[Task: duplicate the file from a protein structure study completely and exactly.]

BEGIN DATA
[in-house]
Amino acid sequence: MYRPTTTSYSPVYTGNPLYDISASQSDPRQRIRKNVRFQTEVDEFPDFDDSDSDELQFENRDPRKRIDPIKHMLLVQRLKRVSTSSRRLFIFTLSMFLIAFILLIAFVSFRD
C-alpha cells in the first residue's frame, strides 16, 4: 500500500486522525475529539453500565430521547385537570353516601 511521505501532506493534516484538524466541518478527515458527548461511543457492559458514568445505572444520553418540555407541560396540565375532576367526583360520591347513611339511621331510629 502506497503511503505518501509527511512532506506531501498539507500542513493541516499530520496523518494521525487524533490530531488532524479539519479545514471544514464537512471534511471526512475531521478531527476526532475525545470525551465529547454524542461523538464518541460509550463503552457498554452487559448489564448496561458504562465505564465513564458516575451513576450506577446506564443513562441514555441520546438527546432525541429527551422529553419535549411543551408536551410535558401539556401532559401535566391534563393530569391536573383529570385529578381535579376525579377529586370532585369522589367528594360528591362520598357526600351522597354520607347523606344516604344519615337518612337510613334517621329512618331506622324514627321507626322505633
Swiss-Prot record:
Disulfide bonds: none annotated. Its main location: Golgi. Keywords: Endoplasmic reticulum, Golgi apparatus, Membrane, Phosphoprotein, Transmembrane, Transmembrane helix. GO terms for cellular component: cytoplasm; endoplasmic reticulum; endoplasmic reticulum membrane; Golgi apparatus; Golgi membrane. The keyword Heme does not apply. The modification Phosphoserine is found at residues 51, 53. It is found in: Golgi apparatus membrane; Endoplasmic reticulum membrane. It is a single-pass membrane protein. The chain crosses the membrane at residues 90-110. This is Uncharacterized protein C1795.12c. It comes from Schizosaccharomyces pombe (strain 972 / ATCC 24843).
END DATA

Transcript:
[in-house]
Amino acid sequence: MYRPTTTSYSPVYTGNPLYDISASQSDPRQRIRKNVRFQTEVDEFPDFDDSDSDELQFENRDPRKRIDPIKHMLLVQRLKRVSTSSRRLFIFTLSMFLIAFILLIAFVSFRD
C-alpha cells in the first residue's frame, strides 16, 4: 500500500486522525475529539453500565430521547385537570353516601 511521505501532506493534516484538524466541518478527515458527548461511543457492559458514568445505572444520553418540555407541560396540565375532576367526583360520591347513611339511621331510629 502506497503511503505518501509527511512532506506531501498539507500542513493541516499530520496523518494521525487524533490530531488532524479539519479545514471544514464537512471534511471526512475531521478531527476526532475525545470525551465529547454524542461523538464518541460509550463503552457498554452487559448489564448496561458504562465505564465513564458516575451513576450506577446506564443513562441514555441520546438527546432525541429527551422529553419535549411543551408536551410535558401539556401532559401535566391534563393530569391536573383529570385529578381535579376525579377529586370532585369522589367528594360528591362520598357526600351522597354520607347523606344516604344519615337518612337510613334517621329512618331506622324514627321507626322505633
Swiss-Prot record:
Disulfide bonds: none annotated. Its main location: Golgi. Keywords: Endoplasmic reticulum, Golgi apparatus, Membrane, Phosphoprotein, Transmembrane, Transmembrane helix. GO terms for cellular component: cytoplasm; endoplasmic reticulum; endoplasmic reticulum membrane; Golgi apparatus; Golgi membrane. The keyword Heme does not apply. The modification Phosphoserine is found at residues 51, 53. It is found in: Golgi apparatus membrane; Endoplasmic reticulum membrane. It is a single-pass membrane protein. The chain crosses the membrane at residues 90-110. This is Uncharacterized protein C1795.12c. It comes from Schizosaccharomyces pombe (strain 972 / ATCC 24843).